Mining rights, the statement from the attorney-general’s office says, are accorded under different legislation and title to them does not depend on ownership of the land.
The New Zealand Bishops’ Conference said in its submission against the foreshore legislation that it ‘should not be passed in the face of its overwhelming rejection by Mäori, as indicated by the consultative hui in 2003, and the submissions to the select committee [in 2004].
‘The Crown is required by the Treaty of Waitangi to act in good faith towards Mäori, which must mean honest dialogue with Mäori when their rights to property are at stake … commitment to the Treaty is fundamental to the well being of our country, which is therefore harmed when legislation appears to over-ride Mäori rights and interests.’
The bishops called for political leaders and their parties to move aside from fixed positions on the issue believing that a ‘mutually agreed solution can be negotiated between Mäori and the Crown.’
Meanwhile, the signs of Māori being disinherited through this law are numerous with disparities in health [see story page 11] and in education.
Last month a report on the comparative educational achievements of Mäori boys brought a damning indictment on the education system.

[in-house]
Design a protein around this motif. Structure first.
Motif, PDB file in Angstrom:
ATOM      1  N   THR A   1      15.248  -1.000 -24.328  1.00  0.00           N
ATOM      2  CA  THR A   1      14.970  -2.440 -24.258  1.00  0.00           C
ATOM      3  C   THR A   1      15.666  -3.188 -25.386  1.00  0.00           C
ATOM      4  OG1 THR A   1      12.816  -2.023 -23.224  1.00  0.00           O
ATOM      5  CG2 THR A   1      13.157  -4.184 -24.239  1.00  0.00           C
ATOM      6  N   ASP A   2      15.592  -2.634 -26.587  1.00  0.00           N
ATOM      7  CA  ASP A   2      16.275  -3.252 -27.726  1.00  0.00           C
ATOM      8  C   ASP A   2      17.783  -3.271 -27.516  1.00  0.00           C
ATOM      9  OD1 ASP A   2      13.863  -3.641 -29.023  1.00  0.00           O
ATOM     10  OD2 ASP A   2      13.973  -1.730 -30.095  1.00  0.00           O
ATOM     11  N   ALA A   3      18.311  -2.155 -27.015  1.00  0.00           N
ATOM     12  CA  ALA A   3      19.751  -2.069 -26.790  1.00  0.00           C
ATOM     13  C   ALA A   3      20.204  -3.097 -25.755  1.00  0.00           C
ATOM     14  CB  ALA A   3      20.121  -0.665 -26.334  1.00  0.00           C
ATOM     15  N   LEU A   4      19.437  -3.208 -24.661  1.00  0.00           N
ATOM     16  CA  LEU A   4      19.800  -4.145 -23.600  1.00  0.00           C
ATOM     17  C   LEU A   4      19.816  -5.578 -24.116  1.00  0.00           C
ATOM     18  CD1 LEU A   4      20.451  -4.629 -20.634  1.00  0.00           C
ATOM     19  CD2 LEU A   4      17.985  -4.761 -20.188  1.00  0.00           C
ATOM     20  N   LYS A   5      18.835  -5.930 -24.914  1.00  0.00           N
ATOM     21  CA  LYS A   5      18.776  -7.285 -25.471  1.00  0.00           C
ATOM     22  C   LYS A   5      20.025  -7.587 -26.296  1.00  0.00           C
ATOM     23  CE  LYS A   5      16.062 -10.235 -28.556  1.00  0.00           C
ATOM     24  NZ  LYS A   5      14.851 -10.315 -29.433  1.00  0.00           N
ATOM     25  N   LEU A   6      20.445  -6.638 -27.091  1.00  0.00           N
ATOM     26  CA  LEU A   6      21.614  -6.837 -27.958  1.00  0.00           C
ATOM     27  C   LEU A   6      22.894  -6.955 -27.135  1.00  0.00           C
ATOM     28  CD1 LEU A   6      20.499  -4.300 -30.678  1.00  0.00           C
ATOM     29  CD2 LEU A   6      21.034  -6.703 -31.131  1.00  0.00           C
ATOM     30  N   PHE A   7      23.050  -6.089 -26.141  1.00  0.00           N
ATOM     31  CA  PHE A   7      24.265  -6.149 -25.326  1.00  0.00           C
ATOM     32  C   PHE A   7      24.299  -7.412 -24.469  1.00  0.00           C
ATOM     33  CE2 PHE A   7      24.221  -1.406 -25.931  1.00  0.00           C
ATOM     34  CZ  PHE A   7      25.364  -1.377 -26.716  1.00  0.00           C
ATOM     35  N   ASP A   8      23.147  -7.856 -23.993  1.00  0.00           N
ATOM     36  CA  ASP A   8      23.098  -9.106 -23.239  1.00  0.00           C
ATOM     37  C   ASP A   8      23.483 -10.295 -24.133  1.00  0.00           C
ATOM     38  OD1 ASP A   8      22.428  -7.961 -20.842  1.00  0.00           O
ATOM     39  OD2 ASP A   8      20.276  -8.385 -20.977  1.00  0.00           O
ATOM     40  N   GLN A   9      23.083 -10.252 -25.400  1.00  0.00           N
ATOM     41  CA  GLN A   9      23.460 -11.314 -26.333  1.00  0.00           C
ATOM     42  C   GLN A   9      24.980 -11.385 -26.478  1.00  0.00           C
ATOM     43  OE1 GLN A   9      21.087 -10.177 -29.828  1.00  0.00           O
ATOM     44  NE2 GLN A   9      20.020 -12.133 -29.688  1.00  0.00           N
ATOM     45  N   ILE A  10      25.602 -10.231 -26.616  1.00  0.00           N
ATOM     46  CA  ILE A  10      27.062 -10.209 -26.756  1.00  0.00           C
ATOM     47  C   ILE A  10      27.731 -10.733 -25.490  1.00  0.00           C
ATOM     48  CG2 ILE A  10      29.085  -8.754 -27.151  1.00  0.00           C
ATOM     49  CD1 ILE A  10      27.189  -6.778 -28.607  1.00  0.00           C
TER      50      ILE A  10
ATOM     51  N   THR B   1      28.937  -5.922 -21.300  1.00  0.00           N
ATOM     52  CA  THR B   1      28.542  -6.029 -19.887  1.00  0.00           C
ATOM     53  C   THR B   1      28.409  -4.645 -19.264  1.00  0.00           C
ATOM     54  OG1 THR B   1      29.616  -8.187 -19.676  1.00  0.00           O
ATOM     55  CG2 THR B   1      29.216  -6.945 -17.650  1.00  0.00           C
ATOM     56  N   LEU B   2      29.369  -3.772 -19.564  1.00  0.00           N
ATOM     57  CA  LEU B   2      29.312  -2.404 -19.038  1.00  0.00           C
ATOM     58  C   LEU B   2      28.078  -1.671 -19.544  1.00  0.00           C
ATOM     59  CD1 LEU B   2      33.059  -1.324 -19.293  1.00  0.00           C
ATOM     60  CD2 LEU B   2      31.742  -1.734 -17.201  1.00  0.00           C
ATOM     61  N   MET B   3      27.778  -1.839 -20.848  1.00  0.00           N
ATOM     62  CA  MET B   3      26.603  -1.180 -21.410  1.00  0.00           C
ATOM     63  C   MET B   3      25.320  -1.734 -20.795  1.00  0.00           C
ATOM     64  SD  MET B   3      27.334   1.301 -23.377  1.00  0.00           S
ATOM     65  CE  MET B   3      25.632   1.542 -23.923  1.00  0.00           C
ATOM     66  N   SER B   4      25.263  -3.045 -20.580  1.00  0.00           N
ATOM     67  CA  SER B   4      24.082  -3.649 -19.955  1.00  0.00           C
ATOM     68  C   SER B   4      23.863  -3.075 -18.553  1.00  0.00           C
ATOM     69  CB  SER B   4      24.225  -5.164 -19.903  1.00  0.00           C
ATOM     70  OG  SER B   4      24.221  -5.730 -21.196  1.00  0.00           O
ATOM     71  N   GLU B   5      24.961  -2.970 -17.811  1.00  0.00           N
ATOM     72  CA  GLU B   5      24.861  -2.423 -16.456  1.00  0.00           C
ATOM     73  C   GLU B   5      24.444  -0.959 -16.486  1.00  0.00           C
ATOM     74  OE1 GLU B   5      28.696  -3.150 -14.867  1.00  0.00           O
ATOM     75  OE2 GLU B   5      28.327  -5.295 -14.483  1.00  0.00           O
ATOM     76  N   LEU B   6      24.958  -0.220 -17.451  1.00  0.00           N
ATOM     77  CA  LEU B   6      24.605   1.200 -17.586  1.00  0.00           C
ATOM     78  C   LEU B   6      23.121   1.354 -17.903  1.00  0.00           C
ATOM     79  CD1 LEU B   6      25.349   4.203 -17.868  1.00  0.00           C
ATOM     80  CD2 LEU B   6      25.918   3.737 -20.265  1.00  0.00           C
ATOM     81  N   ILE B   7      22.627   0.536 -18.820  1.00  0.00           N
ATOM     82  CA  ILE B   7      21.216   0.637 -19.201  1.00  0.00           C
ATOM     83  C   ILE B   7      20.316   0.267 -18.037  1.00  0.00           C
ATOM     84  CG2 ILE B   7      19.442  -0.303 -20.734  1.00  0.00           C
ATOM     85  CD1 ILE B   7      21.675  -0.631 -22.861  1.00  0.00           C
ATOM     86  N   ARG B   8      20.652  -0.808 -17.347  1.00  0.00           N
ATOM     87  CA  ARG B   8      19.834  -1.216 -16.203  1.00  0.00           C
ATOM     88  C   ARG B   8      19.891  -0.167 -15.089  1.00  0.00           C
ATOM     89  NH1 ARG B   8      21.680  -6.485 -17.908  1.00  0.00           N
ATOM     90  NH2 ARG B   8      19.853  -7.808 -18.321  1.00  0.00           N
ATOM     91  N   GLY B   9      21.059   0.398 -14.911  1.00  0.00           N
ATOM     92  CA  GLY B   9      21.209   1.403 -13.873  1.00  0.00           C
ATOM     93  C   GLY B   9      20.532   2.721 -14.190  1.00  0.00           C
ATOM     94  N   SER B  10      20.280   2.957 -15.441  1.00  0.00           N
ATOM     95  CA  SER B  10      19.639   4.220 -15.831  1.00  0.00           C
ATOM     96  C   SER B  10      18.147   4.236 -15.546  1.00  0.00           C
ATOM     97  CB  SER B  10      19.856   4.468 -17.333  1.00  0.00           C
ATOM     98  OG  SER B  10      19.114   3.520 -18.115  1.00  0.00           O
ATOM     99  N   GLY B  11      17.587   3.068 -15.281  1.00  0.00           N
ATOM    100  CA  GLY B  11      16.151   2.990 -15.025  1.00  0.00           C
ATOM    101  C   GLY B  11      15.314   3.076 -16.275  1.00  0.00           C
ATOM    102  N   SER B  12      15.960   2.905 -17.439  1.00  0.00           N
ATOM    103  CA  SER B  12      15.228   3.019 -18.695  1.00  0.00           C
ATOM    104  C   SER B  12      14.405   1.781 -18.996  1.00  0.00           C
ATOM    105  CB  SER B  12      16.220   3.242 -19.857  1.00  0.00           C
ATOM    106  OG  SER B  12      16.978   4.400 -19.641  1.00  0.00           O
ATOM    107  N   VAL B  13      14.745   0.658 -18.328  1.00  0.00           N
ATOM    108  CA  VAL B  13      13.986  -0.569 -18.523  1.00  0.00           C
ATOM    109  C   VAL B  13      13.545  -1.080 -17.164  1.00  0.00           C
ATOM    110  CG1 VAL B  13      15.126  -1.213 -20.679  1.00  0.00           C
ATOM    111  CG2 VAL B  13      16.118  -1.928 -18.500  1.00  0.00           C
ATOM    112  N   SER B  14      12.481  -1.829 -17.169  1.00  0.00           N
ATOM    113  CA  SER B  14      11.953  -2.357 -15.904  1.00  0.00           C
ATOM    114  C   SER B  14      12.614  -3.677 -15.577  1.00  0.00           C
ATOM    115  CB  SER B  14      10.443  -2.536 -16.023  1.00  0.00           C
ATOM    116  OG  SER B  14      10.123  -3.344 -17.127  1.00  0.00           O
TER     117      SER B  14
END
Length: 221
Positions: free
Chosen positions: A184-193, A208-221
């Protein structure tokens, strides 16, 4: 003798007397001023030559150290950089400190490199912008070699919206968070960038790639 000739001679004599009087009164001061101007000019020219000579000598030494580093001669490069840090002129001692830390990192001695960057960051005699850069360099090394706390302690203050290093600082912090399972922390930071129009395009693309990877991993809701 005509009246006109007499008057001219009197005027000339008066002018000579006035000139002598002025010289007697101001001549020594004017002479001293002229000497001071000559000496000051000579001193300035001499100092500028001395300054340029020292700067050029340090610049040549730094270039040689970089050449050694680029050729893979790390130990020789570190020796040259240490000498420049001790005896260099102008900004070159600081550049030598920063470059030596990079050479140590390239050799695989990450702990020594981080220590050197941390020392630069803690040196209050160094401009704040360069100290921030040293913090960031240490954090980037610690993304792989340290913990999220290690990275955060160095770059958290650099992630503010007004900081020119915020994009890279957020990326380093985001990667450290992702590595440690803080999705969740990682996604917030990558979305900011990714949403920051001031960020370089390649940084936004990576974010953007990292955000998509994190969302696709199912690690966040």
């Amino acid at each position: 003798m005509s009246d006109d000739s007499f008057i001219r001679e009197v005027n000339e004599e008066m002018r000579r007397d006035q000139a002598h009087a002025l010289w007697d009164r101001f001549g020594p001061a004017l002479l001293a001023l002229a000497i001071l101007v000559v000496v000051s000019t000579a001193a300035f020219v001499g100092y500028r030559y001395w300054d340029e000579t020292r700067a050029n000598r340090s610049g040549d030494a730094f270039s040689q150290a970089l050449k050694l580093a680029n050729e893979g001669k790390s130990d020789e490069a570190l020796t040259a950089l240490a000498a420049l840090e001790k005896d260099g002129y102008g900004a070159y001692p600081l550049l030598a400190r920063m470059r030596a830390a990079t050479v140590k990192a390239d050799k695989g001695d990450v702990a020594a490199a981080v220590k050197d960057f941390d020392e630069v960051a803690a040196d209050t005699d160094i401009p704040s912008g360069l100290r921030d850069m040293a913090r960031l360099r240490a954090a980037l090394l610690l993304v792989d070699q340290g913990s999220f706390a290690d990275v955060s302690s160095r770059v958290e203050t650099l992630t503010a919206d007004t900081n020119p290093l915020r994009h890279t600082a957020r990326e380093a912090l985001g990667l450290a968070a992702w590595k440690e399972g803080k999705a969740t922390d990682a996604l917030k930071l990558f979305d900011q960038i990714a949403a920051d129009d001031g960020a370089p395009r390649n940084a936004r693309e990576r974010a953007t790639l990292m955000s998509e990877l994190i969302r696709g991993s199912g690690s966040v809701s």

Statistics in the report showed that in 2005, 53 percent of Mäori boys left school with no qualifications.
This contradicted figures released by Education Minister, Steve Maharey, showing that in the decade to 2005 the percentage of Mäori students leaving without some qualifications fell from 40 percent to 25 percent.
However, ‘qualifications’ included anything up to 79 credits in NCEA. A student needs 80 credits to pass level 1 NCEA.
The report’s author, Waikato School of Education Professor Russell Bishop, described the social implications as a ‘timebomb’.
But Dr Bishop has proposed a solution which has been trialled in six schools and will be extended to 33 this year.
The Waikato Times reports that the Education Minister is due to release a report this month on the progress so far.
The solution involves almost one-on-one teaching. Instead of teachers conducting classes from the front of the classroom, they move around between students who are sitting in groups of two or three and engage them in conversation about the project on which they are working.
To reach this solution, Dr Bishop conducted a survey interviewing hundreds of Mäori students in five schools. The Waikato Times reports that researchers came to the conclusion that their relationship with teachers was ‘pretty awful’.
Dr Bishop’s plan has been to change that relationship.
Teachers’ failure to pronounce names properly and some students’ feeling that teachers didn’t know them well or picked on them unfairly were common complaints.
‘We disrupt the class. Yeah, but some of us have good answers and we never get to say them. Yeah, but the teacher doesn’t know that. They just think all Māori will answer questions stupidly.’
Dr Bishop’s Te Kotahitanga project focuses on year 9 and 10 Mäori students.
The Waikato Times reports that though personalised learning is not new, a key advantage of Te Kotahitanga ‘appears to be the resources going into support and training for teachers’.
So far the Education Ministry has provided $5 million for the university to develop the programme.
Caritas, Catholic submissions and statements on the Foreshore and Seabed Bill, 2004
The Waikato Times in The Dominion Post 24 February 2007.